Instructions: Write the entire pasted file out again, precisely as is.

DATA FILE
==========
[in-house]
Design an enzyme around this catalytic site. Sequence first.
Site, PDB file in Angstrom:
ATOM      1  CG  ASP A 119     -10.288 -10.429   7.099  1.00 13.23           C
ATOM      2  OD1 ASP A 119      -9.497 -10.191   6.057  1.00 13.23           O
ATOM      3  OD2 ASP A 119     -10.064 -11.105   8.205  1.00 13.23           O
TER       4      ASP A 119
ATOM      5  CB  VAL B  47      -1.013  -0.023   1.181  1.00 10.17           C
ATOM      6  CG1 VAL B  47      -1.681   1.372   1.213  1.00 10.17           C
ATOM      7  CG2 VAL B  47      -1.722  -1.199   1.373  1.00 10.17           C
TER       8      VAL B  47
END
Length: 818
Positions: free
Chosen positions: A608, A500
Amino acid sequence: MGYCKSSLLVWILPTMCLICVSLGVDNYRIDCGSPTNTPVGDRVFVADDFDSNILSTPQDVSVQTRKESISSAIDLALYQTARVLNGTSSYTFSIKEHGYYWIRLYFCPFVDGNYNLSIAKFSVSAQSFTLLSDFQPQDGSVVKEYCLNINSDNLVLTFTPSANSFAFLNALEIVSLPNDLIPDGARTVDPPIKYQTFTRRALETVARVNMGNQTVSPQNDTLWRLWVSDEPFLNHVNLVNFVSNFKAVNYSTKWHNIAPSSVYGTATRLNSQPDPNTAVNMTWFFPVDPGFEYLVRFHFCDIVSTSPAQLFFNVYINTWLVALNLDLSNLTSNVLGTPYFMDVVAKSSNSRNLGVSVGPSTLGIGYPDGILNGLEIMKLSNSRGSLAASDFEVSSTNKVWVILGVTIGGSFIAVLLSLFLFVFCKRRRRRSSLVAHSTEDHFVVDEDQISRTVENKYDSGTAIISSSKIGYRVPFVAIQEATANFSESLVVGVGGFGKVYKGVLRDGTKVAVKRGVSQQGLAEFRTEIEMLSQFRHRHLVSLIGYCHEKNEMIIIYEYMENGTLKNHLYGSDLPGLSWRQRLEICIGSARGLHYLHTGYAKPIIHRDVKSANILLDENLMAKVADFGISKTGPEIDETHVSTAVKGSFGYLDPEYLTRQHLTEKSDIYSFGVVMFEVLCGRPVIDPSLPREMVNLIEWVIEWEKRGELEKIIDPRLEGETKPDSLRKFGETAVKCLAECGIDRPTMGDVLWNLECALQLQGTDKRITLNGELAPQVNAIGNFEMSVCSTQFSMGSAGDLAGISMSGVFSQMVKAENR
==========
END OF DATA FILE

[in-house]
Design an enzyme around this catalytic site. Sequence first.
Site, PDB file in Angstrom:
ATOM      1  CG  ASP A 119     -10.288 -10.429   7.099  1.00 13.23           C
ATOM      2  OD1 ASP A 119      -9.497 -10.191   6.057  1.00 13.23           O
ATOM      3  OD2 ASP A 119     -10.064 -11.105   8.205  1.00 13.23           O
TER       4      ASP A 119
ATOM      5  CB  VAL B  47      -1.013  -0.023   1.181  1.00 10.17           C
ATOM      6  CG1 VAL B  47      -1.681   1.372   1.213  1.00 10.17           C
ATOM      7  CG2 VAL B  47      -1.722  -1.199   1.373  1.00 10.17           C
TER       8      VAL B  47
END
Length: 818
Positions: free
Chosen positions: A608, A500
Amino acid sequence: MGYCKSSLLVWILPTMCLICVSLGVDNYRIDCGSPTNTPVGDRVFVADDFDSNILSTPQDVSVQTRKESISSAIDLALYQTARVLNGTSSYTFSIKEHGYYWIRLYFCPFVDGNYNLSIAKFSVSAQSFTLLSDFQPQDGSVVKEYCLNINSDNLVLTFTPSANSFAFLNALEIVSLPNDLIPDGARTVDPPIKYQTFTRRALETVARVNMGNQTVSPQNDTLWRLWVSDEPFLNHVNLVNFVSNFKAVNYSTKWHNIAPSSVYGTATRLNSQPDPNTAVNMTWFFPVDPGFEYLVRFHFCDIVSTSPAQLFFNVYINTWLVALNLDLSNLTSNVLGTPYFMDVVAKSSNSRNLGVSVGPSTLGIGYPDGILNGLEIMKLSNSRGSLAASDFEVSSTNKVWVILGVTIGGSFIAVLLSLFLFVFCKRRRRRSSLVAHSTEDHFVVDEDQISRTVENKYDSGTAIISSSKIGYRVPFVAIQEATANFSESLVVGVGGFGKVYKGVLRDGTKVAVKRGVSQQGLAEFRTEIEMLSQFRHRHLVSLIGYCHEKNEMIIIYEYMENGTLKNHLYGSDLPGLSWRQRLEICIGSARGLHYLHTGYAKPIIHRDVKSANILLDENLMAKVADFGISKTGPEIDETHVSTAVKGSFGYLDPEYLTRQHLTEKSDIYSFGVVMFEVLCGRPVIDPSLPREMVNLIEWVIEWEKRGELEKIIDPRLEGETKPDSLRKFGETAVKCLAECGIDRPTMGDVLWNLECALQLQGTDKRITLNGELAPQVNAIGNFEMSVCSTQFSMGSAGDLAGISMSGVFSQMVKAENR